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Cert. Granted in Santos-Zacaria v. Garland

October 04, 2022 (1 min read)

On Jan. 10, 2022 a panel of the U.S. Court of Appeals for the Fifth Circuit issued a 2-1 decision in the case of Santos-Zacaria v. Garland, 22 F.4th 570.

On May 10, 2022 counsel for Santos-Zacaria filed a Petition for Writ of Certiorari to the U.S. Supreme Court.

On Aug. 12, 2022 the government filed a Brief in Opposition.

On Oct. 3, 2022 the Supreme Court granted the petition.

Question Presented:

After the Board of Immigration Appeals (BIA) denied her application for withholding of
removal, petitioner Leon Santos-Zacaria filed a petition for review. Although the government
agreed that the court had jurisdiction, the Fifth Circuit sua sponte dismissed in part for lack of
jurisdiction pursuant to 8 U.S.C. § 1252(d)(1), which requires a noncitizen to exhaust "all
administrative remedies available to the alien as of right."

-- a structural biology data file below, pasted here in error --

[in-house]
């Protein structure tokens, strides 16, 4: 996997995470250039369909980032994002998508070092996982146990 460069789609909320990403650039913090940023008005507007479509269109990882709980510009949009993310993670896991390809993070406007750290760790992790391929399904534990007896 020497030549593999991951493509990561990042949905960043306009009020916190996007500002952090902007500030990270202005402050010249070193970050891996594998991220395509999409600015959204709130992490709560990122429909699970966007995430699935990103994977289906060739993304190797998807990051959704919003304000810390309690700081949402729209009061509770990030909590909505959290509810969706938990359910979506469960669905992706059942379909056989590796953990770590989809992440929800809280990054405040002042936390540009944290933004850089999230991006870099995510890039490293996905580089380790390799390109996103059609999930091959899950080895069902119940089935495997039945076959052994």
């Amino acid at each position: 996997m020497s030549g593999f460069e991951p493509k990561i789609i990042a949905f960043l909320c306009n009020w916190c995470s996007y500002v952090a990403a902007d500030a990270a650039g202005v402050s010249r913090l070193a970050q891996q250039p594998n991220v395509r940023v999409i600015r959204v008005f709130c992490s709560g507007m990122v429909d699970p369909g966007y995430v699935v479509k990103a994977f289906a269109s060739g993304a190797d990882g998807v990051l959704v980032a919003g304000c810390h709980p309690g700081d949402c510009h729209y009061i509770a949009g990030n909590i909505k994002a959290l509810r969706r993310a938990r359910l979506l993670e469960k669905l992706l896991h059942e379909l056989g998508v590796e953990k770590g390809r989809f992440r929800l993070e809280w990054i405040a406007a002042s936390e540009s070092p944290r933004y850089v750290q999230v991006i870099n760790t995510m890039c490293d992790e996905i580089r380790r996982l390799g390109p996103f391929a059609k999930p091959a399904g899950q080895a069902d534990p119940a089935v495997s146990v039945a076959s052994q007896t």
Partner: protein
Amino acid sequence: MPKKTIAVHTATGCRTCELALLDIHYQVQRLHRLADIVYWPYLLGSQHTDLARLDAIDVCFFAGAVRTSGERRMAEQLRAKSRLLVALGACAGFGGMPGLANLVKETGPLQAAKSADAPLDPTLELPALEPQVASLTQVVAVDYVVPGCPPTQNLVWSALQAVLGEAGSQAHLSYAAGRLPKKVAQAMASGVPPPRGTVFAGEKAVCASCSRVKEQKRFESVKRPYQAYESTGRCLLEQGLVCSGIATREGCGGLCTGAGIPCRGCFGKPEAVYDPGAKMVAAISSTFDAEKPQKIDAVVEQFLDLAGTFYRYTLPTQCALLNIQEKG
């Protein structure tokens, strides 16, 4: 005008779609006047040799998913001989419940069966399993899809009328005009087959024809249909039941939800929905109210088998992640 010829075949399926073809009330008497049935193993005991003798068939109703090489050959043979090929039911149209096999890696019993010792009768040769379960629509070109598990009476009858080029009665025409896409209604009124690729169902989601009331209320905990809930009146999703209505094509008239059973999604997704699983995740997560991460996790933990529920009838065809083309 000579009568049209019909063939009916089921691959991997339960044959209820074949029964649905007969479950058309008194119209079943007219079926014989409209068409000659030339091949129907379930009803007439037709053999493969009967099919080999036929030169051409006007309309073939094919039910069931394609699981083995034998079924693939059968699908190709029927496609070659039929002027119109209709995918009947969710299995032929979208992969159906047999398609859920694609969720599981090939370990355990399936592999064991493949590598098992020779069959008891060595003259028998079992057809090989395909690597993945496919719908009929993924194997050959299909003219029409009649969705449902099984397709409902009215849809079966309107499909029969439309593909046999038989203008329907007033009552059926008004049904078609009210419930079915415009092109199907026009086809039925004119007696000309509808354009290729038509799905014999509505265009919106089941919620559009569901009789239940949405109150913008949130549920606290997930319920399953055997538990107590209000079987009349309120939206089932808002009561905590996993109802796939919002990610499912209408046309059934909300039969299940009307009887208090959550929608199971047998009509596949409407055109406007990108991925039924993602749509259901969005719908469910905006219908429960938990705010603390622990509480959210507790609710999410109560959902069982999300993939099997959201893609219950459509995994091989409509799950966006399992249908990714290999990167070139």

This holding implicates two circuit splits, each of which independently warrants review.

1. Eight circuits hold that Section 1252(d)(1)'s exhaustion requirement is jurisdictional.
Two circuits disagree, holding that exhaustion may be waived. Multiple courts and judges have
called for further review of this issue. The first question presented is:

Whether Section 1252(d)(1)'s exhaustion requirement is jurisdictional, or merely a
mandatory claims processing rule that may be waived or forfeited.

2. Further, petitioner's merits argument is that the BIA engaged in impermissible fact
finding. In these circumstances, the Fifth Circuit, along with three other circuits, requires a
noncitizen to file a motion to reopen or reconsider with the agency in order to satisfy Section
1252(d)(1)'s requirement that a noncitizen exhaust "remedies available * * * as of right." Two
other circuits, recognizing that "[t]he decision to grant or deny a motion to reopen or
reconsider is within the discretion of the Board" (8 C.F.R. § 1003.2) disagree. The second
question presented is:

Whether, to satisfy Section 1252(d)(1)'s exhaustion requirement, a noncitizen who
challenges a new error introduced by the BIA must first ask the agency to exercise its discretion
to reopen or reconsider."